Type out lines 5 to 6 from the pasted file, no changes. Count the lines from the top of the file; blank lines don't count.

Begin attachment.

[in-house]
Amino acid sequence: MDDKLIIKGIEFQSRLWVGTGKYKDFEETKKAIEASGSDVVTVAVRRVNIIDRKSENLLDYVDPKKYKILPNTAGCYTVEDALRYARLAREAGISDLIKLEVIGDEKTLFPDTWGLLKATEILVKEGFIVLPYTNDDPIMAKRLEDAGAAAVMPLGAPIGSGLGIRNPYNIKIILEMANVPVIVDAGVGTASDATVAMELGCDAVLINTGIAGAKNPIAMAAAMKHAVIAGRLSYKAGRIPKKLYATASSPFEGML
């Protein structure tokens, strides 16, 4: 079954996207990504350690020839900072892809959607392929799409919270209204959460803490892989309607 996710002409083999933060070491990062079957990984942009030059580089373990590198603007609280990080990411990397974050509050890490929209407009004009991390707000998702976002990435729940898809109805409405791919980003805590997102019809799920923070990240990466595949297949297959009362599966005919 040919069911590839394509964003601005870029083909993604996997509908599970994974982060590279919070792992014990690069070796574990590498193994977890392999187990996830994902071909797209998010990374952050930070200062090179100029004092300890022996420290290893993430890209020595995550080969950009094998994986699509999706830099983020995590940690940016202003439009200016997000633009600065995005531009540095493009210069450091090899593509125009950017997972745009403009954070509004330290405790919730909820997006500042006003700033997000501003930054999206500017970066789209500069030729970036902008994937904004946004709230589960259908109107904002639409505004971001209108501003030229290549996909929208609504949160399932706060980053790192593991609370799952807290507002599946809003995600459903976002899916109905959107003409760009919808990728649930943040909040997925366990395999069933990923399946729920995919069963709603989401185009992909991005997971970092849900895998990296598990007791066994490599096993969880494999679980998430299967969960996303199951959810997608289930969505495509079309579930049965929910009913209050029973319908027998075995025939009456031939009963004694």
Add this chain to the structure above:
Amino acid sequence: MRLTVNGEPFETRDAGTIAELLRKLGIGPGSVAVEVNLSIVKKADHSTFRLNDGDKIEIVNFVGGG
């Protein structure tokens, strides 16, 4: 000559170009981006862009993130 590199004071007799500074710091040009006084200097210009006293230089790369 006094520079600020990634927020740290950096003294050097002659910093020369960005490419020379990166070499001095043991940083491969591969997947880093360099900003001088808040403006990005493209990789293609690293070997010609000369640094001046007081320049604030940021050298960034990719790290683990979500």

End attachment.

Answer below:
Amino acid sequence: MRLTVNGEPFETRDAGTIAELLRKLGIGPGSVAVEVNLSIVKKADHSTFRLNDGDKIEIVNFVGGG
């Protein structure tokens, strides 16, 4: 000559170009981006862009993130 590199004071007799500074710091040009006084200097210009006293230089790369 006094520079600020990634927020740290950096003294050097002659910093020369960005490419020379990166070499001095043991940083491969591969997947880093360099900003001088808040403006990005493209990789293609690293070997010609000369640094001046007081320049604030940021050298960034990719790290683990979500």